In this article, we are going to cover:
- The anatomy of the pelvis
- Types of pelvic fractures
- Pelvic fracture concerns
- How to manage pelvic fractures
Anatomy of the Pelvis
The pelvis is made from two bones. The bones join in the front, at the symphysis pubis, and in the back with the sacrum, at the sacroiliac joints. This forms a ring, and typically when a ring breaks it will break in two places. The pelvis contains ligaments that help hold the sacrum to the iliac bones, the two pubic bones at the pubic symphysis, and the sacrum to the coccyx. There are also blood vessels and nerves that run through the pelvis so if there is significant trauma these can be damaged.
Types of Pelvic Fractures
Pelvic fractures are categorized into 3 different types that go from most stable to least stable.
- Type A includes avulsion fractures, iliac wing fractures, and transverse fractures through the sacrum. These are stable and do not fracture through the pelvic ring.
- Type B includes open book and lateral compression fractures. These are rotationally unstable but are vertically stable.
- Type C fractures are vertically and rotationally unstable.
Pelvic fractures can occur from several different types of injuries. They are described as low energy and high energy events.
- Low energy events:
- Ground level falls
- Avulsion fractures from sports
- These types of fractures tend to be stable and occur typically in adolescent and elderly populations
- During an assessment of the pelvis, the patient may feel stable and we may not feel any crepitus but it may be painful.
- High energy events:
- Motor vehicle crashes
- Pedestrian vs auto crashes
- Falls from significant heights
- These fractures tend to be less stable and you may feel crepitus and instability when you are assessing the pelvis.
Management and Pelvic Fracture Concerns
Once we think our patient has a pelvic fracture what do we do?
The first thing we want to do is try to stabilize it to keep it from moving more and increasing the risk that the vasculature or nerves running through the pelvis get damaged. We also want to try to keep the pelvis stable and try to minimize the amount of blood lost through bleeding from the bones in the pelvic fracture. Patients can lose around 1-2 liters of blood with a pelvic fracture, so it is important to try to stabilize the fracture to decrease blood loss and minimize further injury.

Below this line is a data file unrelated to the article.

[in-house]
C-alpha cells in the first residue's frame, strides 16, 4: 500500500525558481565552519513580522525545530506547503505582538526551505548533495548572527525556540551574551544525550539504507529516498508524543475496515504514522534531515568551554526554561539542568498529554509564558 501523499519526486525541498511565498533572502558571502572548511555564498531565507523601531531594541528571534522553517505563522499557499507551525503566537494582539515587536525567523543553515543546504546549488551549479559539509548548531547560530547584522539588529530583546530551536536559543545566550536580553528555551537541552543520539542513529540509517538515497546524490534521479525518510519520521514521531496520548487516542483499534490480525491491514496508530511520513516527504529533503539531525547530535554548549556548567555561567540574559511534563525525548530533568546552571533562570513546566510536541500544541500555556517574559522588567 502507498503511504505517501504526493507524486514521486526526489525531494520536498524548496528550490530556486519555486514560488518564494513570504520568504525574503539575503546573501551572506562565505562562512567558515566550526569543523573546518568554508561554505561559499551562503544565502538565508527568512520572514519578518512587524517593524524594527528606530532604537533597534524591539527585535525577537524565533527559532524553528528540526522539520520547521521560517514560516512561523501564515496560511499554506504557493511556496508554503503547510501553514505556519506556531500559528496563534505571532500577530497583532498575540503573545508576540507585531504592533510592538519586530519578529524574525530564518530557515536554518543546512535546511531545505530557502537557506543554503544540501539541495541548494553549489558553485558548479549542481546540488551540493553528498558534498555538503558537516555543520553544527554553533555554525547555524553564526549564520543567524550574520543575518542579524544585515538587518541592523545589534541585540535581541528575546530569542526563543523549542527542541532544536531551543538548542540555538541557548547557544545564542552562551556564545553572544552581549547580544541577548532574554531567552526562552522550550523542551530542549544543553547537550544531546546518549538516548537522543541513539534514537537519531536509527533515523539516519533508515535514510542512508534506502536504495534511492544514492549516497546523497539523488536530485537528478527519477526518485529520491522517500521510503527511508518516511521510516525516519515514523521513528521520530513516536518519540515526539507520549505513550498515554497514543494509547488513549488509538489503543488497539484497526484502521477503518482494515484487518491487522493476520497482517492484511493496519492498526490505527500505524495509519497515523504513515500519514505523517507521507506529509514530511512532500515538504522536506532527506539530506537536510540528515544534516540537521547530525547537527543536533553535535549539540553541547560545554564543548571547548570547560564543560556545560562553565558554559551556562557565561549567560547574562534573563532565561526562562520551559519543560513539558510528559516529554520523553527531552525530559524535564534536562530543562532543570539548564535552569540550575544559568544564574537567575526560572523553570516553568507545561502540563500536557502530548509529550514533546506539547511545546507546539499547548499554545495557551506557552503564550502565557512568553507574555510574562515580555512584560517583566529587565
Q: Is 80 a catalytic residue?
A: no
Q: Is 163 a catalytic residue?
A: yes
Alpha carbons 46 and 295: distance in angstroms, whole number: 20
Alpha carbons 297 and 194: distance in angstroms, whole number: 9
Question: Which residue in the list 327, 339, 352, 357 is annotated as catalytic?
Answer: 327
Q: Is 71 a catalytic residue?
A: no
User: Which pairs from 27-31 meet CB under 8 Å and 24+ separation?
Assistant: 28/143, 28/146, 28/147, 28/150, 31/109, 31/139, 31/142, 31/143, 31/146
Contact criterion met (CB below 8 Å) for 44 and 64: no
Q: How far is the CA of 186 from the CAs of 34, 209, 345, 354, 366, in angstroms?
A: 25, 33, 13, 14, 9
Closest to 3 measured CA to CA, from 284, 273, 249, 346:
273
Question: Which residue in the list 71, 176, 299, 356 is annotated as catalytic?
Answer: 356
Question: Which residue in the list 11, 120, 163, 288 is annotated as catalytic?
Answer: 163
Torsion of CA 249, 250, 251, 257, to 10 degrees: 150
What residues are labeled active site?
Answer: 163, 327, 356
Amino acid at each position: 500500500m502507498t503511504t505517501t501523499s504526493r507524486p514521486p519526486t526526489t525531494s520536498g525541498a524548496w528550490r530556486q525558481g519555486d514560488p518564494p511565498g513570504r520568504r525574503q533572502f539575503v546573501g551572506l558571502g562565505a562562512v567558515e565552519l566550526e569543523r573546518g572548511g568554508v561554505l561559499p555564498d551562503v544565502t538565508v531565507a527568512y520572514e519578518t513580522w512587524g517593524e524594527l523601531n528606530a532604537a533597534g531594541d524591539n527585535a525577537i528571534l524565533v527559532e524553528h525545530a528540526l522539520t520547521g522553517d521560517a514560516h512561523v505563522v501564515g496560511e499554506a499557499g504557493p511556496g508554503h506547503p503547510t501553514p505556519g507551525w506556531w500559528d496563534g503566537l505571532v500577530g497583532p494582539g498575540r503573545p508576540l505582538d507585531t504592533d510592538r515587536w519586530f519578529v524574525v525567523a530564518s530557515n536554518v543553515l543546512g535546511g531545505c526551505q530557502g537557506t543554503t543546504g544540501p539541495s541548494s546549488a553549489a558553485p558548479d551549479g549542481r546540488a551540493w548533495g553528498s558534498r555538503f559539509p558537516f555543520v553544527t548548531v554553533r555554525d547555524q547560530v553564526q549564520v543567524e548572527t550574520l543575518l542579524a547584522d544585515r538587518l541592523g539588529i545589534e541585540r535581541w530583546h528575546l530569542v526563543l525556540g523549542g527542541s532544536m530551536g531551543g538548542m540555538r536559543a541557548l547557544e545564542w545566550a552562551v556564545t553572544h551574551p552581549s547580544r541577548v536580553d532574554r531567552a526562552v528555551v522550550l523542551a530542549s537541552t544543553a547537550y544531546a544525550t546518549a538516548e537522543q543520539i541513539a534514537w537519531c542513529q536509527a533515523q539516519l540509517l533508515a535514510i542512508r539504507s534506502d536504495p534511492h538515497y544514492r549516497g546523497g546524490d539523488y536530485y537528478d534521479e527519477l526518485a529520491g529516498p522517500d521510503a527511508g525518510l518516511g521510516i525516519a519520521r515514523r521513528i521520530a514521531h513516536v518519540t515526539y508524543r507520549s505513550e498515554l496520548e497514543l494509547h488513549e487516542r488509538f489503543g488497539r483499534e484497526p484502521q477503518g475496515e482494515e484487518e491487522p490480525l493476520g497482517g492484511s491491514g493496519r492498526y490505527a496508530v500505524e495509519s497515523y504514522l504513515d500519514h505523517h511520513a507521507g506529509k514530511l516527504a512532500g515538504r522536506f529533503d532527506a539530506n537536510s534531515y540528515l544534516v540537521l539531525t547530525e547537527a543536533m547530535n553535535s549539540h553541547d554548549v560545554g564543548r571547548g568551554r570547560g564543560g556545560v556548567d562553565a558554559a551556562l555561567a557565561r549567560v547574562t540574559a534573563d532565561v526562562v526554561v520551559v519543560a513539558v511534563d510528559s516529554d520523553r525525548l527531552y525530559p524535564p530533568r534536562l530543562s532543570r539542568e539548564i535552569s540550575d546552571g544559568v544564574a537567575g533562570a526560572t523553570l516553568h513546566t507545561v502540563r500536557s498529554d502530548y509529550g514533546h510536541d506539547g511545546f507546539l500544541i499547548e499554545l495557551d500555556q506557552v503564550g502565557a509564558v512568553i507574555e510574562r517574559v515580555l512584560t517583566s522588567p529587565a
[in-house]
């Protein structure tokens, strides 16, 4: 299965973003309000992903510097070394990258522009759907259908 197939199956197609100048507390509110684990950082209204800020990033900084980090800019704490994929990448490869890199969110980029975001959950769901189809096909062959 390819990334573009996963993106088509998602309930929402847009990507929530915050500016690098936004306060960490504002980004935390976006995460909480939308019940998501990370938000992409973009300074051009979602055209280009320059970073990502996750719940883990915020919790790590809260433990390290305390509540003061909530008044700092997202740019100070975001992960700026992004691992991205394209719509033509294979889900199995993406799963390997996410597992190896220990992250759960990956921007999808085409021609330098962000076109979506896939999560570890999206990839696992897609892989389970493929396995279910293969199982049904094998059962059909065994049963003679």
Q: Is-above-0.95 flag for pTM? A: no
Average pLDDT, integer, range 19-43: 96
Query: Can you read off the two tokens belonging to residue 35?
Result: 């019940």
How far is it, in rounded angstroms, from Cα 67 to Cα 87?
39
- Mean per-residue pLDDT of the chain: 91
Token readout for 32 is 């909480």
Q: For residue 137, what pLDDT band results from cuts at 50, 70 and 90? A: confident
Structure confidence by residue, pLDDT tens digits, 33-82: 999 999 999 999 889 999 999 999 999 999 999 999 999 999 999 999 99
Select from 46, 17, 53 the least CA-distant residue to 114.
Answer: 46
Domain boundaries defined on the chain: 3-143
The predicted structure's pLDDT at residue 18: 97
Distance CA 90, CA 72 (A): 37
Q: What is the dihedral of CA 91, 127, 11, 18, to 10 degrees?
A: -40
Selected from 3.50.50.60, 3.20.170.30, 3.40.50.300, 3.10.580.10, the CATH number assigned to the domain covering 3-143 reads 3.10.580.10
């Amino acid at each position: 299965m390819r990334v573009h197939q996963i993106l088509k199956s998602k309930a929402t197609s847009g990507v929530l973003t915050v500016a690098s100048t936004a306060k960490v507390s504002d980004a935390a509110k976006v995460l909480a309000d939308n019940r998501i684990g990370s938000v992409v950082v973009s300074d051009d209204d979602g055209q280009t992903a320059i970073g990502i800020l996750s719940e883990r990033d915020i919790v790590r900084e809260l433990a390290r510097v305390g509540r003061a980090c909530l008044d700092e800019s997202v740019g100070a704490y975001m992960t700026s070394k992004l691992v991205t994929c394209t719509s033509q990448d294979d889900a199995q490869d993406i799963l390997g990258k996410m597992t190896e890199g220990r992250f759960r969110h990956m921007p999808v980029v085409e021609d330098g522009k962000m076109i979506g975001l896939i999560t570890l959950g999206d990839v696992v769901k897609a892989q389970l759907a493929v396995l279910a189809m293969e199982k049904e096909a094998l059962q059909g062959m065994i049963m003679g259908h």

How do we stabilize the pelvis?
One simple solution is to tie a sheet around the pelvis to hold it together. In the past, things like pneumatic anti-shock garments, or MAST pants were used, but most places do not carry these anymore. Once you stabilize the pelvis, by using a sheet, blanket, or pelvic splint, you should prepare to treat the patient for hypovolemic shock. This is important since we cannot see the blood loss from pelvic fractures. It can be hard to estimate how much blood the patient is losing so you must monitor the patient’s vitals frequently. Hypovolemic shock is more common in unstable pelvic fractures than in stable fractures.
How do we minimize pain?
Pelvic fractures can be quite painful and ambulances are not always the smoothest ride. It is likely that your patient will be quite uncomfortable during transport as you hit every tiny bump in the road. It is important to try to be smooth and gentle when loading and unloading your patient from the ambulance as you do not want to jar the pelvis.
In summary, pelvic fractures can be dangerous and difficult to diagnose because they are internal. Thoroughly assess your patients on scene, especially elderly patients, and consider the mechanism of injury. Just because you cannot see it does not mean it is not there. Be sure to assess the pelvis on an elderly fall patient, even if you are just called for a lift assist. If the patient has pain while standing and walking, and this is unusual for them, bring them in to have imaging done, even if the pelvis felt stable, just to be safe. The patient could have a stable pelvic fracture that we cannot see.
In addition, just because a patient is young, does not mean that they cannot have a stable pelvic fracture. Adolescents are at risk of avulsion fractures to their pelvis from sports. If the pelvis is unstable wrap it to stabilize it and minimize bleeding, and always frequently assess vitals so that you can recognize early hypovolemic shock.